117. ^ McCarthy 1968, pp. 46–47: "despite Scotland having a 7–6 lead at half-time, the All Blacks always looked the better team. And yet the score would not come."
  118. ^ 4th All Black Test.
  119. ^ Elliott 2012, p. 169.
  120. ^ Elliott 2012, pp. 171–172.
  121. ^ 6th All Black Test.
  122. ^ a b Elliott 2012, p. 171.
  123. ^ Gabe 1954, p. 38.
  124. ^ Gabe 1954, p. 37.
  125. ^ Elliott 2012, p. 174.
  126. ^ Elliott 2012, p. 176.
  127. ^ McLean 1987, p. 46.
  128. ^ a b Elliott 2012, p. 178.
  129. ^ Gabe 1954, pp. 40–41.
  130. ^ McCarthy 1968, p. 46.
  131. ^ Elliott 2012, p. 177.
  132. ^ McCarthy 1968, p. 47.
  133. ^ a b Gabe 1954, p. 42.
  134. ^ a b c d e McCarthy 1968, p. 48.
  135. ^ a b Elliott 2012, p. 180.
  136. ^ Elliott 2012, p. 202.
  137. ^ Elliott 2012, p. 181.
  138. ^ Elliott 2012, p. 182.
  139. ^ McCarthy 1968, pp. 48–49.
  140. ^ Elliott 2012, pp. 182–183.
  141. ^ a b Elliott 2012, pp. 183–184.
  142. ^ McLean 1959, pp. 22–23.
  143. ^ McCarthy 1968, p. 49.
  144. ^ Elliott 2012, pp. 184–185.
  145. ^ Elliott 2012, p. 185.
  146. ^ Elliott 2012, pp. 185–186.
  147. ^ a b c McLean 1987, p. 47.
  148. ^ a b Verdon 2000, p. 29.
  149. ^ Elliott 2012, pp. 188.
  150. ^ "Batting the Lions ..".
  151. ^ Elliott 2012, pp. 189.
  152. ^ Elliott 2012, pp. 189–190.
  153. ^ 8th All Black Test.
  154. ^ Elliott 2012, p. 193.
  155. ^ Elliott 2012, p. 205.
  156. ^ Elliott 2012, pp. 207–208.
  157. ^ Elliott 2012, p. 206.
  158. ^ Elliott 2012, p. 208.
  159. ^ Elliott 2012, p. 210.
  160. ^ Elliott 2012, pp. 211–213.
  161. ^ Jenkins 2011.
  162. ^ Elliott 2012, pp. 197–198.
  163. ^ Elliott 2012, pp. 198–199.
  164. ^ Elliott 2012, pp. 200–201.
  165. ^ a b c Verdon 2000, p. 27.
  166. ^ Ryan 2011, pp. 1409–1410.
  167. ^ King 2003, p. 281.
  168. ^ a b c Ryan 2011, p. 1411.
  169. ^ Vincent 1998, p. 124.
  170. ^ Williams 2002, pp. 128–133.
  171. ^ Elliott 2012, pp. 221–224.
  172. ^ Elliott 2012, p. 224.
  173. ^ a b Ryan 2011, pp. 1412–1414.
  174. ^ Ryan 2011, p. 1422.
  175. ^ Ryan 2011, p. 1421.
  176. ^ Elliott 2012, p. 218.
  177. ^ Elliott 2012, p. 242.
  178. ^ Elliott 2012, p. 244.
  179. ^ Elliott 2012, p. 236.
  180. ^ Elliott 2012, p. 246.
  181. ^ Elliott 2012, p. 252.
  182. ^ a b c d e McLean 1987, p. 48.
  183. ^ Elliott 2012, pp. 258–259.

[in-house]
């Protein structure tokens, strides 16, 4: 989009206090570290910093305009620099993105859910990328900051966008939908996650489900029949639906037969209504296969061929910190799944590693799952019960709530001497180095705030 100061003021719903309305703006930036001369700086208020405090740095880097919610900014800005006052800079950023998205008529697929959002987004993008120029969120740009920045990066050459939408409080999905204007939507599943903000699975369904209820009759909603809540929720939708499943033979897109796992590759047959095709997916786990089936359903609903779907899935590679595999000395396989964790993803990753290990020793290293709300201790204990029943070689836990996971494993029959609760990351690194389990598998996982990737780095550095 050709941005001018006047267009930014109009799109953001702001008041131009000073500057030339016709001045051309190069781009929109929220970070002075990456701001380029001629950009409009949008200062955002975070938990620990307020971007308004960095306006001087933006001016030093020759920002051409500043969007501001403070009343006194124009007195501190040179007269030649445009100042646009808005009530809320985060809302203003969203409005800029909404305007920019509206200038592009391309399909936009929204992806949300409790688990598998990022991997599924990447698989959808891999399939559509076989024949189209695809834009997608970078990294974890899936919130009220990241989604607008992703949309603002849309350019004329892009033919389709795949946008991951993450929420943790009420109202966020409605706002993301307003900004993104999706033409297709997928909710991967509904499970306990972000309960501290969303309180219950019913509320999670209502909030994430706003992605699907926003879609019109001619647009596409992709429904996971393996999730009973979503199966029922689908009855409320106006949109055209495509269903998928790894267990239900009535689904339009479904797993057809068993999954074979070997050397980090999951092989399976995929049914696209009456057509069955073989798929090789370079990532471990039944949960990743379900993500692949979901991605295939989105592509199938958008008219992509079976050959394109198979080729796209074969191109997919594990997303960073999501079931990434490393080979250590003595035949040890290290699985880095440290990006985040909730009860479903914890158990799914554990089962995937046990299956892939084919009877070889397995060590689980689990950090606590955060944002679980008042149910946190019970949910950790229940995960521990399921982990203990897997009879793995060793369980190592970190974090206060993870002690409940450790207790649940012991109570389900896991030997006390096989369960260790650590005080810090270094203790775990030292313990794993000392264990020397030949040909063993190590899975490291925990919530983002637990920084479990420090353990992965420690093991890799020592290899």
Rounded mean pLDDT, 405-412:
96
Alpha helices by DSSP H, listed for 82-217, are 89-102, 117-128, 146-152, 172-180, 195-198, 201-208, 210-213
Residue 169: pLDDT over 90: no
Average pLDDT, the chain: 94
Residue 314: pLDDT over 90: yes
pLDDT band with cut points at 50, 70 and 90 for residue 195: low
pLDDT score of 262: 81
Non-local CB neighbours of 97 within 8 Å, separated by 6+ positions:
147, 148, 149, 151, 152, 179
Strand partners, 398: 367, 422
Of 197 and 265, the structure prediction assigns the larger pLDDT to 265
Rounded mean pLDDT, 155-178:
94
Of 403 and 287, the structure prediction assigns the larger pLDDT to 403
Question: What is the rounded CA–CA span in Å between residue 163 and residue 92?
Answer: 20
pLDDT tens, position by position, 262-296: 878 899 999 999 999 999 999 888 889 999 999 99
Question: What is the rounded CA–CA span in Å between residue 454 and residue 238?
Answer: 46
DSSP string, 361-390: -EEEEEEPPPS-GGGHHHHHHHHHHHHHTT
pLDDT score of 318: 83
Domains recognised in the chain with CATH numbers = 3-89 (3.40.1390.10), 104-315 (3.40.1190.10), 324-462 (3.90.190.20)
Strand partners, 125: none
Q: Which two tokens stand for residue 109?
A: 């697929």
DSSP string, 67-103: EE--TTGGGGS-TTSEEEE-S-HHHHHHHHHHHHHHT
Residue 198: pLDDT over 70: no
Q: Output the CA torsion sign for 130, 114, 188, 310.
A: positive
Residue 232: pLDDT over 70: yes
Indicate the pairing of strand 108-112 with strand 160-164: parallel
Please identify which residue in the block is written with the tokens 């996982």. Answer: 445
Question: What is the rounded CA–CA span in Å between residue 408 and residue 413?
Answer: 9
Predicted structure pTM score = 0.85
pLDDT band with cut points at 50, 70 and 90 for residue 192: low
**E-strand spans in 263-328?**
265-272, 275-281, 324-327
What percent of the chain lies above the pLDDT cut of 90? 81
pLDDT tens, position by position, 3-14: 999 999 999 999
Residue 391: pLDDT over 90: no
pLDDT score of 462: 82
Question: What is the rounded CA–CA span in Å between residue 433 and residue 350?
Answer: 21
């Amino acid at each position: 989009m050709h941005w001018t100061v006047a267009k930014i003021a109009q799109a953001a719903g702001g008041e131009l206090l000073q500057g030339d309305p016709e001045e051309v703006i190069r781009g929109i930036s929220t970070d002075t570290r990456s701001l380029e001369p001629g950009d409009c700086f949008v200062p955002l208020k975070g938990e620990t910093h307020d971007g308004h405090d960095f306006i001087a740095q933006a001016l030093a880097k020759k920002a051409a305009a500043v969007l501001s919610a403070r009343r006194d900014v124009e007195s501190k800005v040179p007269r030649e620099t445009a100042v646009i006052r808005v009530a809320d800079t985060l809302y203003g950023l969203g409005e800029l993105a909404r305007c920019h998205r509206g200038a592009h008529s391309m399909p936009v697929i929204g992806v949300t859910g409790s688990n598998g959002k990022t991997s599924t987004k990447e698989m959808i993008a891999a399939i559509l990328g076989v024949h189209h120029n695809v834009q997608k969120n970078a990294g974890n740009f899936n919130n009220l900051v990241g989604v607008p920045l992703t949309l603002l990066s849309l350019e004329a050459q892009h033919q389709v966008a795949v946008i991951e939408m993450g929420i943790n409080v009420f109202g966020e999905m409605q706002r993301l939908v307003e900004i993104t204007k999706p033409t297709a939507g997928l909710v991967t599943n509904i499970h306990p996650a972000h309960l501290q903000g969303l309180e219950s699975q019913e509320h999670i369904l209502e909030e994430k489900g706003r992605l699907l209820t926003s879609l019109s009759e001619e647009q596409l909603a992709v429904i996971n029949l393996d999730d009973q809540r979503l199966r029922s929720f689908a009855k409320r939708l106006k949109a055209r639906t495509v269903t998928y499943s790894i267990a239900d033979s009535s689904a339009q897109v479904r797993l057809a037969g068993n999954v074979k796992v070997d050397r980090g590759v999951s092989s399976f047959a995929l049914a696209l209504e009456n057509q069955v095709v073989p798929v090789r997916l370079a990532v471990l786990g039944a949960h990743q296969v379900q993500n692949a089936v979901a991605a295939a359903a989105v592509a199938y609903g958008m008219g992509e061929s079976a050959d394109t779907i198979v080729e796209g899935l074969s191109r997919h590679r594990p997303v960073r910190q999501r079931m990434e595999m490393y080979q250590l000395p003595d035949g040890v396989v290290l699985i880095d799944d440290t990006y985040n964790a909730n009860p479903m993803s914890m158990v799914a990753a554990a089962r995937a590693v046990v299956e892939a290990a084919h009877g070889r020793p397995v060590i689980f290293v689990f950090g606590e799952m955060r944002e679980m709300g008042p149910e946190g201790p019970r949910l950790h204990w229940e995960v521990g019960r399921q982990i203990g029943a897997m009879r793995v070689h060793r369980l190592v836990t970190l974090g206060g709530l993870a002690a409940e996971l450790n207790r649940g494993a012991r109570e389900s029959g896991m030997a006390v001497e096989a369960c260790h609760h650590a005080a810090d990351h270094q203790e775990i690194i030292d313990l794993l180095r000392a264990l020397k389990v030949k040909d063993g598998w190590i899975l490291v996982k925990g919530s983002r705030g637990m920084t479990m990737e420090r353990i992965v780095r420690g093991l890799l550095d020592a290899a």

184. ^ a b Elliott 2012, pp. 257–258.
  185. ^ Elliott 2012, p. 258.
  186. ^ Elliott 2012, p. 259.
  187. ^ a b Elliott 2012, p. 267.
  188. ^ Elliott 2012, p. 264.
  189. ^ Elliott 2012, pp. 266–267.
  190. ^ McLean 1987, p. 49.
  191. ^ Elliott 2012, pp. 272–274.
  192. ^ a b Elliott 2012, p. 278.
  193. ^ Elliott 2012, p. 276.
  194. ^ a b Elliott 2012, p. 219.
  195. ^ a b Elliott 2012, p. 112.
  196. ^ Elliott 2012, p. 239.
  197. ^ Elliott 2012, p. 247.
  198. ^ Elliott 2012, pp. 64–65.
  199. ^ Elliott 2012, p. 221.
  200. ^ Elliott 2012, p. 279.
  201. ^ a b c Elliott 2012, p. 280.
  202. ^ "Gallaher statue ..".
  203. ^ Horrell 2011.
  204. ^ Dave Gallaher (NZ Sports Hall of Fame).
  205. ^ All Blacks, 1905.
  206. ^ "All Blacks legend to unveil ..".
  207. ^ Walsh 2012.
  208. ^ "Setanta to air Dave Gallaher documentary ..".
  209. ^ a b "Dave Gallaher's Death".
  210. ^ Gallagher 2000.
  211. ^ a b McLean 1987, p. 44.
  212. ^ Elliott 2012, p. 282.

Sources[edit]

Books and articles

  • Carter, A. Kay (2011). Maria Gallaher – Her Short Life and Her Children's Stories. Paraparaumu. ISBN 9780987653802. 
  • Elliott, Matt (2012). Dave Gallaher – The Original All Black Captain (paperback). London: Harper Collins. ISBN 978-1-86950-968-2. 
  • Gabe, Rhys T. (1954). "The 1905–06 Tour". In Wooller, Wilfred; Owen, David. Fifty Years of the All Blacks: A Complete History of New Zealand Rugby Touring Teams in the British Isles. London: Phoenix House Ltd. 
  • King, Michael (2003). The Penguin History of New Zealand. New Zealand: Penguin Books. ISBN 978-0-14-301867-4. 
  • McCarthy, Winston (1968). Haka! The All Blacks Story. London: Pelham Books. 
  • McLean, Terry (1959). Great Days in New Zealand Rugby. Wellington, New Zealand: A. H. & A. W. Reed. 
  • McLean, Terry (1987). New Zealand Rugby Legends. Auckland, New Zealand: MOA Publications. ISBN 0-908570-15-5. 
  • Ryan, Greg (1993). Forerunners of the All Blacks. Christchurch, New Zealand: Canterbury University Press. ISBN 0-908812-30-2. 
  • Ryan, Greg (2005). The Contest for Rugby Supremacy – Accounting for the 1905 All Blacks. Canterbury University Press. ISBN 1-877257-36-2. 
  • Ryan, Greg (2011). "A Tale of Two Dinners: New Zealand Rugby and the Embrace of Empire, 1919–32". The International Journal of the History of Sport (Routledge) 28 (10): 1409–1425. doi:10.1080/09523367.2011.577641. 
  • Swan, Arthur C.; Jackson, Gordon F. W. (1952). Wellington's Rugby History 1870 – 1950. Wellington, New Zealand: A. H. & A. W. Reed. 
  • Tobin, Christopher (2005). The Original All Blacks 1905–06. Auckland, New Zealand: Hodder Moa Beckett. ISBN 1-86958-995-5. 
  • Verdon, Paul (2000). Born to Lead – The Untold Story of the All Black Test Captains. Auckland, New Zealand: Celebrity Books. ISBN 1-877252-05-0. 
  • Vincent, V. T. (1998). "Practical Imperialism: The Anglo‐Welsh Rugby Tour of New Zealand, 1908". The International Journal of the History of Sport (Routledge) 15 (1): 123–140. doi:10.1080/09523369808714015. 
  • Williams, Peter (2002). "Battle Lines on Three Fronts: The RFU and the Lost War Against Professionalism". The International Journal of the History of Sport (Routledge) 19 (4): 114–136. doi:10.1080/714001793. 

News

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External links[edit]